Wednesday, December 17, 2008

As I lay me down to sleep - with a free upgrade

Using coupons, priceline and points, we spent three nights in Amsterdam in three- to five-star hotels for about $180 USD.

Our first stop was the Hotel Nadia, a bed-and-breakfast we booked through with a $50 off coupon. We chose it because Trip Advisor reviewers raved about it. There was not one complaint, which I think is a statistical impossibility.

Here's the stairwell, typical for an older Dutch building.

The staff allowed us to check in early. We waited for a few minutes in the breakfast room. Breakfasts were fairly simple - bread, cheese, yogurt, and most importantly, strong coffee.

Our room was so small, you practically fall on the bed when you walk in the door. It reminded us of our second and third apartments. Very cozy.

We got upgraded to a room with a balcony.

Our favorite feature of the room. Love how the light scatters from the pendant lamp.

We spent our second night for the same price in the five-start NL Grand Hotel Krasnapolsky, right on Dam Square.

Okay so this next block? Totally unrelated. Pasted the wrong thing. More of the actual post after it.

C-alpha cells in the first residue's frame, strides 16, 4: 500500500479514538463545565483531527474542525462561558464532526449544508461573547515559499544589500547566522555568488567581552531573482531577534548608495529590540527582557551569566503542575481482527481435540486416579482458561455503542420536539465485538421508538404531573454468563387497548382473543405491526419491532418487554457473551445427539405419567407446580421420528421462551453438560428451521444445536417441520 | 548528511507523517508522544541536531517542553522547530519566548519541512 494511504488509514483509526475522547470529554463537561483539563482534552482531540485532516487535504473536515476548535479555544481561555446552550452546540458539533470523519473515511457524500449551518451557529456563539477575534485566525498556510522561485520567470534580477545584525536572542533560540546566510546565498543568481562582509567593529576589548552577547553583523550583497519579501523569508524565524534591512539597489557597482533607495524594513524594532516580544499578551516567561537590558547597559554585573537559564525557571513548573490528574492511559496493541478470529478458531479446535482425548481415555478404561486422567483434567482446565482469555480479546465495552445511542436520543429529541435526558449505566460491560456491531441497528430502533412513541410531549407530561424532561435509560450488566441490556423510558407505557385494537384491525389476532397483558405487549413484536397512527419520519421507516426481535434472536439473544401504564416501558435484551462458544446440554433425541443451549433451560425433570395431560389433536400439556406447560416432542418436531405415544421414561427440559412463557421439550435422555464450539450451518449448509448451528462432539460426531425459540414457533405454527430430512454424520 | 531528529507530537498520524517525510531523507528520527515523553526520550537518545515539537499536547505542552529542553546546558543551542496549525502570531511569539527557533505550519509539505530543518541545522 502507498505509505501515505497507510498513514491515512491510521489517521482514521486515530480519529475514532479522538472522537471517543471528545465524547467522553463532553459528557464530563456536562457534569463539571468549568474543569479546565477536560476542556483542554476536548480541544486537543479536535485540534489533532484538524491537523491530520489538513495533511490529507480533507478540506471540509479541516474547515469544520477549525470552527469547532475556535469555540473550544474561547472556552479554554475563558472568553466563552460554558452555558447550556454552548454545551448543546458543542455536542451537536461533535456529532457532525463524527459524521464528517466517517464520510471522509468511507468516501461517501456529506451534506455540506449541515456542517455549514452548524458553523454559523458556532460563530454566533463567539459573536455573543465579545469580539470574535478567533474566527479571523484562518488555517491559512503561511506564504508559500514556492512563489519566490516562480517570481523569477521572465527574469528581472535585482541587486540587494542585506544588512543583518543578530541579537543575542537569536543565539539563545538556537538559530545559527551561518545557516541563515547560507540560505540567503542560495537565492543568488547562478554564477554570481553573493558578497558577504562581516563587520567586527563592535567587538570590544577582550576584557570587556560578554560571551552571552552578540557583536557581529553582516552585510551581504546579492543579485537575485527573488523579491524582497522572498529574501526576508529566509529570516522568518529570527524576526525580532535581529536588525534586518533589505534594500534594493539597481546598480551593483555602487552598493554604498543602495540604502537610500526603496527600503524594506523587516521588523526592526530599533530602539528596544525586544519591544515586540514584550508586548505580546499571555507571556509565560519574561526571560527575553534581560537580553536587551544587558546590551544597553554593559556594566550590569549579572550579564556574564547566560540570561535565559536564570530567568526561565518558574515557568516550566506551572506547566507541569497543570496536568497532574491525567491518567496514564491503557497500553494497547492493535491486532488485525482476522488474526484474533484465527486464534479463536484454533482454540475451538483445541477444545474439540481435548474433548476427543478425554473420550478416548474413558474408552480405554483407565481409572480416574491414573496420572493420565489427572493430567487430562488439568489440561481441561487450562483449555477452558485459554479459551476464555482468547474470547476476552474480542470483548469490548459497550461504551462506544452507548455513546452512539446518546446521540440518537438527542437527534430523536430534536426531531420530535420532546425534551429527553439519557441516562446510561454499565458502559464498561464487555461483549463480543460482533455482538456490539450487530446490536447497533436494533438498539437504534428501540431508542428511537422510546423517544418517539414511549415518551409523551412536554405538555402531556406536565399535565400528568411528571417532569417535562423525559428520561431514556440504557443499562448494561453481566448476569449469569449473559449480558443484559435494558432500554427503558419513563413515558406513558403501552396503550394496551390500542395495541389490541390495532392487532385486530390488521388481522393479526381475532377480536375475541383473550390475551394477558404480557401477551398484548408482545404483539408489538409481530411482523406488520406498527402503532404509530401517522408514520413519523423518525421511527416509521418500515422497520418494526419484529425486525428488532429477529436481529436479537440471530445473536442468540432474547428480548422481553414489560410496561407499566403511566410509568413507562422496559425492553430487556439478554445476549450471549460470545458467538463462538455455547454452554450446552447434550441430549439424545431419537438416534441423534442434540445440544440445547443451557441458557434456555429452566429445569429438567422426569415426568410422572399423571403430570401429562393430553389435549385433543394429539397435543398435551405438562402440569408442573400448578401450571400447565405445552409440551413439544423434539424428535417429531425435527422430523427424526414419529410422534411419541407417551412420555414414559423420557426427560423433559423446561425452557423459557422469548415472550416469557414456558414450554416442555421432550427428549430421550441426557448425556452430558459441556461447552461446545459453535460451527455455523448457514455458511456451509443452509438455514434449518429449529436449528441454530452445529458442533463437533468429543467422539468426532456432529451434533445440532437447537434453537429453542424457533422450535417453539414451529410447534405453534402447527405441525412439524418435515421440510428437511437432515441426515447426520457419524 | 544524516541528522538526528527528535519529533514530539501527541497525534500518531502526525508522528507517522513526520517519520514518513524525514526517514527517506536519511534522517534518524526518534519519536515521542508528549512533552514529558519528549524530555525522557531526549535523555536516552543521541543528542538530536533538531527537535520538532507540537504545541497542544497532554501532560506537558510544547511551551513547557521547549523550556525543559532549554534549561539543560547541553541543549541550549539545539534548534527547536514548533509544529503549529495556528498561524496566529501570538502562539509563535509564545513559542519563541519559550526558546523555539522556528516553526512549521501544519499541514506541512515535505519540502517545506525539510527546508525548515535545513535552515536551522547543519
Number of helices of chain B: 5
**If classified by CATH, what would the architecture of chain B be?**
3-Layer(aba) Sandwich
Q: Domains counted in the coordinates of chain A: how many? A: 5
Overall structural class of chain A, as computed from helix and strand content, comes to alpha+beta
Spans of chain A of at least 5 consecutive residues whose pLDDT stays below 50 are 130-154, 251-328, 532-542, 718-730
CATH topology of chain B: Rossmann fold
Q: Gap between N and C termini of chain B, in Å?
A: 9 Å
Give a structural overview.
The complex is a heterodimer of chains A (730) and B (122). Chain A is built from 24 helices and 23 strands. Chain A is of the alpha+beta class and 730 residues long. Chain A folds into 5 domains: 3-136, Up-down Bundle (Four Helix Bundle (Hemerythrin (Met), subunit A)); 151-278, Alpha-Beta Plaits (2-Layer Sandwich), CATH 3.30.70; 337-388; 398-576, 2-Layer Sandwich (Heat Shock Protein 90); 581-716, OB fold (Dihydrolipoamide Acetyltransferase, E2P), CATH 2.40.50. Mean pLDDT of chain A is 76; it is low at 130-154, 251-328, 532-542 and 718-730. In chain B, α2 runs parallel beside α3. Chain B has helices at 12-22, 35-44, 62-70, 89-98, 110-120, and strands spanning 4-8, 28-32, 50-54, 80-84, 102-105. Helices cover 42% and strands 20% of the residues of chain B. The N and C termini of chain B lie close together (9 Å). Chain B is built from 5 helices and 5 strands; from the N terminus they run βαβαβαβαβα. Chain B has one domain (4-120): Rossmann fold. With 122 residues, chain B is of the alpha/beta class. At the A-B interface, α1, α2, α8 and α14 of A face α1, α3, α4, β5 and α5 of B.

The hotel was overbooked, so we got upgraded to an apartment in a nearby canal house. This is more square-footage than we have at home. Plenty of space to dance a happy upgrade jig. I'm sure it would normally cost hundreds of dollars just to flush the toilet in a place like this.

We used all the pods for the espresso maker.


The third night we stayed at the five-star Hotel Pulitzer, which we got with Starwood points. The hotel is a renovation of 25 adjoining canal houses. Great bed, nice hardwood floor and unique painted tiles in the bathroom.

Interestingly, Killian van Rensselaer, a board member of the Dutch West India Company, owned one of the canal houses, and the villages of Rensselaer and Rensselaerswijck in upstate New York are named after him, dooming generations of Americans to a 16-syllable address.

Of course, New Amsterdam, our home base, has plenty of Dutch place names like Harlem, Brooklyn, Hobokoen, Jamaica and Long Island, the last of which is still pronounced by the natives pretty much exactly as the Dutch spelled it (Lange Eylandt).

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